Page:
King Charles


The seagulls shouted at each other, wheeling and diving.  Below them a man, walking his dog, leaned into the winter wind.

The waves crash on the shore; fizzled and bubbled their way up the beach and disappeared into the pebbles.

Watching from a bay window, across the promenade, Anil Laghari.  

Time to walk a dog… what a luxury.  Anil was envious.  He’d always wanted a dog.  Soon he thought.  Soon…  

He turned and looked back at the chintz sitting room.  Upright easy chairs arranged around the walls.  Walking frames nestling with each other by the door.

Through the archway small dining tables and chairs stood, waiting.  Upturned drinking glasses and paper napkins.

The smell of breakfast worked its way from the kitchen through the ground floor, up the stairs to the rooms on the landing.

The day at The Sea View Nursing Home has begun.  Actually, the day becomes night, becomes day, becomes dawn.  No one notices the change in the sky.  Payne’s Grey to flannel grey.

The vast sky-scape; billowing and angry, today.  The horizon, invisible.  Better days… seamless blue.  Thundering black to gin clear.  The changes that visitors and painters come to admire.

Fishermen stand on the edge of the tide, their beach-casters bending.  Surfers brave the cold.  In the summer families brave the rain.  Anil, couldn’t remember the last time a Sea View resident ventured out, down the ramp, across the road to the beach.

Most of them hardly ever look out of the window.  They look at day-time television.

When he and his wife, Shirley, took on the care home there were days out, shopping visits.  They had a minibus.  No more.  The residents very frail, shortage of staff, insurance, risk assessments; pile that lot together and you have a mountain to climb.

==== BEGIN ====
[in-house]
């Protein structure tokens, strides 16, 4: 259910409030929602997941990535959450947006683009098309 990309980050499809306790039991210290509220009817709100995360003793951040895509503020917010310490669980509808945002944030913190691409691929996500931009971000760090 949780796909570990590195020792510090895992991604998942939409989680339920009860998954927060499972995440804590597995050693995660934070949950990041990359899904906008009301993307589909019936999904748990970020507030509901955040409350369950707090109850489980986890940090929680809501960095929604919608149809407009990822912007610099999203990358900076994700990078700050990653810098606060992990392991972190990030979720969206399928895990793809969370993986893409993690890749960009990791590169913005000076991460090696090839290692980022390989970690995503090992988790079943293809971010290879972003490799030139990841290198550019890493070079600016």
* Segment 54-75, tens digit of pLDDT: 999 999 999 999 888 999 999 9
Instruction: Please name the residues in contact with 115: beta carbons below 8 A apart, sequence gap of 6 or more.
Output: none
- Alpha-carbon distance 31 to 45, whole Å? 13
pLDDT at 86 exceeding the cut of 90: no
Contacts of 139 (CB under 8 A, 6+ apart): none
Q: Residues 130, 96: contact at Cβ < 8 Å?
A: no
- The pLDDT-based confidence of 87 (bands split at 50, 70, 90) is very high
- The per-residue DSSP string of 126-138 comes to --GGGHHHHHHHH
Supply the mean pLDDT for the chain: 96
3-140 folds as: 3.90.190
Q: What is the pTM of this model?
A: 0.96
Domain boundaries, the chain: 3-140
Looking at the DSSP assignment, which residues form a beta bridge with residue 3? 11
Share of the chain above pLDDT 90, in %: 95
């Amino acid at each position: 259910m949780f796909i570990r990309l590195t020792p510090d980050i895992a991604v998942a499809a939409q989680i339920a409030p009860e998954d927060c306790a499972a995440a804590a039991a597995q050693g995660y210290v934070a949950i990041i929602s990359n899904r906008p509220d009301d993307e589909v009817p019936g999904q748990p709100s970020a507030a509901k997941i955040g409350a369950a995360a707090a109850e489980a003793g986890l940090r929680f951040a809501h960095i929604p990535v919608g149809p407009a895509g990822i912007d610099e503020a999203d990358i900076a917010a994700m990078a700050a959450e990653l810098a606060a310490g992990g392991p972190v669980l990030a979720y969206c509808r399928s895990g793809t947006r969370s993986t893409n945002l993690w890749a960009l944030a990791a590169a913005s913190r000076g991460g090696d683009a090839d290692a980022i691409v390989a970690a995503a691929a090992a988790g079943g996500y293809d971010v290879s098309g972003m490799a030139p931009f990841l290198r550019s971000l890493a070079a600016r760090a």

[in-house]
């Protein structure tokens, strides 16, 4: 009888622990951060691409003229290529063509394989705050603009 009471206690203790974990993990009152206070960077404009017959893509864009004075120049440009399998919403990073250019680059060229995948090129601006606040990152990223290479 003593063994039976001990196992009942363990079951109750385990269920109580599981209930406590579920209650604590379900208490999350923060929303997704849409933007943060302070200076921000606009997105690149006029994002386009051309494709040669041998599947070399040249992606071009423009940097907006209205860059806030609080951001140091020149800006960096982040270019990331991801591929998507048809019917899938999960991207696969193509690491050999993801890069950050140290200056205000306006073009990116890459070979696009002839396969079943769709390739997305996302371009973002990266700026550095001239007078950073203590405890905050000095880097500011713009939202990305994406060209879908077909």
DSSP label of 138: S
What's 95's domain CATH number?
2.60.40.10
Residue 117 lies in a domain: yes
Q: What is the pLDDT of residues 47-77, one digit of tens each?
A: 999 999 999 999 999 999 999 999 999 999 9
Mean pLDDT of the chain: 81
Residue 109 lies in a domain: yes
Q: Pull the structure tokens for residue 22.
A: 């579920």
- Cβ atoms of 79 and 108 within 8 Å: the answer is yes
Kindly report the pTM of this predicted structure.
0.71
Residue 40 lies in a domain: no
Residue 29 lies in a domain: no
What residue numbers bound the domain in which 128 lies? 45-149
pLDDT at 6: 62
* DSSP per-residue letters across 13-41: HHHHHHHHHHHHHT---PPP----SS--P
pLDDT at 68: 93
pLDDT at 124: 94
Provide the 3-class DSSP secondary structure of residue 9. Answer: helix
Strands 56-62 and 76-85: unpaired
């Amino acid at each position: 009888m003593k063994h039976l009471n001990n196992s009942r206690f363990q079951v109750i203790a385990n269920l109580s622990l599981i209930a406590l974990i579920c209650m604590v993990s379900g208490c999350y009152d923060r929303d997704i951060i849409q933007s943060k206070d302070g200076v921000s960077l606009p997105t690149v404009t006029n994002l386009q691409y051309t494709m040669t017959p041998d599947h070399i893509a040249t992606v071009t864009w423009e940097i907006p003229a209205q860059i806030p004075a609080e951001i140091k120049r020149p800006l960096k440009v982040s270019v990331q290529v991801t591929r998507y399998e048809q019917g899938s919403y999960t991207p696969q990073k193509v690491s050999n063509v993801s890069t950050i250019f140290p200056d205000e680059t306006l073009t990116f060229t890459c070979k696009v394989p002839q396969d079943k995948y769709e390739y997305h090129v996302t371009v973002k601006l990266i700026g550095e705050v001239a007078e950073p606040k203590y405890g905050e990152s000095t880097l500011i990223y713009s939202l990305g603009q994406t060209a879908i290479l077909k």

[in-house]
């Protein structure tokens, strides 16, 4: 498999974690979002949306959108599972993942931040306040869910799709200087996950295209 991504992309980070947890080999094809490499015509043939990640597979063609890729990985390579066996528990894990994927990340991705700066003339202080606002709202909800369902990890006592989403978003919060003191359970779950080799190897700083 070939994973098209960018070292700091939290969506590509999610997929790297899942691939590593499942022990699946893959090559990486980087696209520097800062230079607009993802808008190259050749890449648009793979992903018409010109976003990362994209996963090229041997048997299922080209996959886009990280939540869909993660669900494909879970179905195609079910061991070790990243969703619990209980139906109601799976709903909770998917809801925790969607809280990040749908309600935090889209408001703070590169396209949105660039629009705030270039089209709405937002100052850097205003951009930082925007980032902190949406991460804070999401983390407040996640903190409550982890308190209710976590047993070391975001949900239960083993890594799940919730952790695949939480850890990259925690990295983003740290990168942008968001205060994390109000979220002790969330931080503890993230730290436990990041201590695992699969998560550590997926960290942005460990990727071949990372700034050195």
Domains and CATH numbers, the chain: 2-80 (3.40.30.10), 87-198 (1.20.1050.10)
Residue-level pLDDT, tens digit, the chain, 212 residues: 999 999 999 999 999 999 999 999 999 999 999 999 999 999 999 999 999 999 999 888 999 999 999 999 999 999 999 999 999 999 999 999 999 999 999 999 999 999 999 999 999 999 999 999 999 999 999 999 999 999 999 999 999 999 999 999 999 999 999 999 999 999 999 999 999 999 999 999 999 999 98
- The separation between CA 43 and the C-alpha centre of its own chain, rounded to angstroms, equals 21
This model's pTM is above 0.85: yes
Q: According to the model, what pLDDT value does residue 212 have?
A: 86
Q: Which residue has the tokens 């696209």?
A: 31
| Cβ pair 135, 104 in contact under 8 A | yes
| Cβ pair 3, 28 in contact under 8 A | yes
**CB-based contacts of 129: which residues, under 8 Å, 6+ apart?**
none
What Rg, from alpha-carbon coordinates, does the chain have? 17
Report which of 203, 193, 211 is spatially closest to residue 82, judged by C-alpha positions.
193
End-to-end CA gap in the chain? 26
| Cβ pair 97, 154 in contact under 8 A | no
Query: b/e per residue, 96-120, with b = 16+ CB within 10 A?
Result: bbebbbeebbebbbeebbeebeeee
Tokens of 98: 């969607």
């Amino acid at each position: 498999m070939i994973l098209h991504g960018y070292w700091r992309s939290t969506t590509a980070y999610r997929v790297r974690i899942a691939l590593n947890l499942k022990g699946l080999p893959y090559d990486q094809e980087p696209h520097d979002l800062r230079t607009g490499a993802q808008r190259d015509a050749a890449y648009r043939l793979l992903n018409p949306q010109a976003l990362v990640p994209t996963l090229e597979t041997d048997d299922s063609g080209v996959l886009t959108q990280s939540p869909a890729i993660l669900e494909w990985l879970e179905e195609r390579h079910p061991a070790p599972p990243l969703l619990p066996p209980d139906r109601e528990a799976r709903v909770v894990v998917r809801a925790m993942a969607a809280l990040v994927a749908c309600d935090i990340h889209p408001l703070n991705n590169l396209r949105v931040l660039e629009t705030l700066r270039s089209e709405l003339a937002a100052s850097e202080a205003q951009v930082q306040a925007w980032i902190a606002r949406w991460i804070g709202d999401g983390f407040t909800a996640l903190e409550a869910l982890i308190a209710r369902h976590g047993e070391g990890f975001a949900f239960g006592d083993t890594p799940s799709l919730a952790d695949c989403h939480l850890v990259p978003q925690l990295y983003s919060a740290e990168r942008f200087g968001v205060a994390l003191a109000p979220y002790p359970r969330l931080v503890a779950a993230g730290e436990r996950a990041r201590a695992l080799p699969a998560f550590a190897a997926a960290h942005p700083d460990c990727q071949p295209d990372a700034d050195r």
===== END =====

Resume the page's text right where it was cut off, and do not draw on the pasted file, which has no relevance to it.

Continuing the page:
Anil and Shirley met when they were working in the NHS.  Anil worked, as he called it, ‘in the bowels of the finance department‘, Shirley amongst ‘the bowels in the front line‘.  A nurse.  Their private joke.

Life was better then; optimism and hope.  When they culled PCT’s… voluntary redundancy, Anil’s pension not far off, a deal not to be missed. Shirley said goodbye to the NHS.

They sold their home, bought Sea View.  Their dream came true.  Their own care business.

Regulations, fire, health and safety, registration.  It was tough but they were ten years younger then.

In the hallway, a picture of the opening day.  The Mayor cut a ribbon.  She said nice things about care of the elderly.

Since then the Council have halved care home fees.  It’s the private payers who keep the place going.

Across the sector the annual, average care home, pre-tax profit is £11,000.  Thirty pounds a day.  Buskers make more.  Averages are made-up of highs and the lows.  

Shirley and Anil have made a loss in each of the last three years.  But for the fact they live in the small flat, at the top of the building, they would have given up last year.

They are giving up this year.  They have put the CCG, the local authority, the residents and their families on notice; 31st March.

On hearing of the closure One of the resident’s sons racially abused Anil, told him to stop ‘ripping off the NHS and eff-off back where he came from’.  

The CCG haven’t done anything and the local authority told the local newspaper they have ‘the matter in hand’.  Social services have done  ‘assessments’.

There isn’t much else they can do.  One care home a week is closing.  Resident’s acuity is taking a dive, getting nursing help is impossible, the local Trust employs anyone who comes on the market.  Staffing in seaside towns notoriously difficult.  The sector, generally, impossible to staff safely.

Shirley tried to employ some Portuguese girls as care assistants; trained them herself.  After Brexit, they went home.  The locals aren’t interested.

The care home will revert to ‘residential’ planning status.  A developer is interested.  Shirley and Anil will just about get their money back and settle-up with the bank.  Break-even for ten years hard slog.

Anil looked out and saw the morning sky had grown darker.  There was a storm on the way.  Rain lashed the promenade.  The man with the dog, like his dream, has gone.

Anil wondered; Jack Russell or King Charles.

The care home and the names of the people have been changed; 

‘Sea View’ closed early, just after Christmas. 

Anil walks his mongrel rescue-dog every day.  

Shirley is battling breast cancer.


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